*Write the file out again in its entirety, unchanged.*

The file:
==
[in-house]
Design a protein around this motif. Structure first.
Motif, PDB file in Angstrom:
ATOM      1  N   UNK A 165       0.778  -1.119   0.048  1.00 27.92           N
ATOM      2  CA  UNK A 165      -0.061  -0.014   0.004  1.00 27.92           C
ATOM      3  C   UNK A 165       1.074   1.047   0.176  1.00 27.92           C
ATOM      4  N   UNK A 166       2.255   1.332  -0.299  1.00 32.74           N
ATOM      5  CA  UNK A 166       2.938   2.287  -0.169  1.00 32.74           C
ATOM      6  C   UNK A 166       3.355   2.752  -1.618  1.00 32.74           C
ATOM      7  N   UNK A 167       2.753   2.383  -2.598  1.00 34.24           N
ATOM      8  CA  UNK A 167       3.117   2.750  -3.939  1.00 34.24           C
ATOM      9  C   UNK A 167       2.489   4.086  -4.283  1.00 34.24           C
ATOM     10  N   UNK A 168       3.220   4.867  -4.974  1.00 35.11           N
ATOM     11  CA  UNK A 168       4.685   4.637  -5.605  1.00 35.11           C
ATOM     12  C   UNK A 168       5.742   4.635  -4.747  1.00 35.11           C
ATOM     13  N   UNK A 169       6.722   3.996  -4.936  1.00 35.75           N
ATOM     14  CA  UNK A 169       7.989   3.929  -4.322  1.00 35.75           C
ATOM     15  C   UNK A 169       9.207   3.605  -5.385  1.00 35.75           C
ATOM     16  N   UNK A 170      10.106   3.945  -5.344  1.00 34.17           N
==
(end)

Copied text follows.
[in-house]
Design a protein around this motif. Structure first.
Motif, PDB file in Angstrom:
ATOM      1  N   UNK A 165       0.778  -1.119   0.048  1.00 27.92           N
ATOM      2  CA  UNK A 165      -0.061  -0.014   0.004  1.00 27.92           C
ATOM      3  C   UNK A 165       1.074   1.047   0.176  1.00 27.92           C
ATOM      4  N   UNK A 166       2.255   1.332  -0.299  1.00 32.74           N
ATOM      5  CA  UNK A 166       2.938   2.287  -0.169  1.00 32.74           C
ATOM      6  C   UNK A 166       3.355   2.752  -1.618  1.00 32.74           C
ATOM      7  N   UNK A 167       2.753   2.383  -2.598  1.00 34.24           N
ATOM      8  CA  UNK A 167       3.117   2.750  -3.939  1.00 34.24           C
ATOM      9  C   UNK A 167       2.489   4.086  -4.283  1.00 34.24           C
ATOM     10  N   UNK A 168       3.220   4.867  -4.974  1.00 35.11           N
ATOM     11  CA  UNK A 168       4.685   4.637  -5.605  1.00 35.11           C
ATOM     12  C   UNK A 168       5.742   4.635  -4.747  1.00 35.11           C
ATOM     13  N   UNK A 169       6.722   3.996  -4.936  1.00 35.75           N
ATOM     14  CA  UNK A 169       7.989   3.929  -4.322  1.00 35.75           C
ATOM     15  C   UNK A 169       9.207   3.605  -5.385  1.00 35.75           C
ATOM     16  N   UNK A 170      10.106   3.945  -5.344  1.00 34.17           N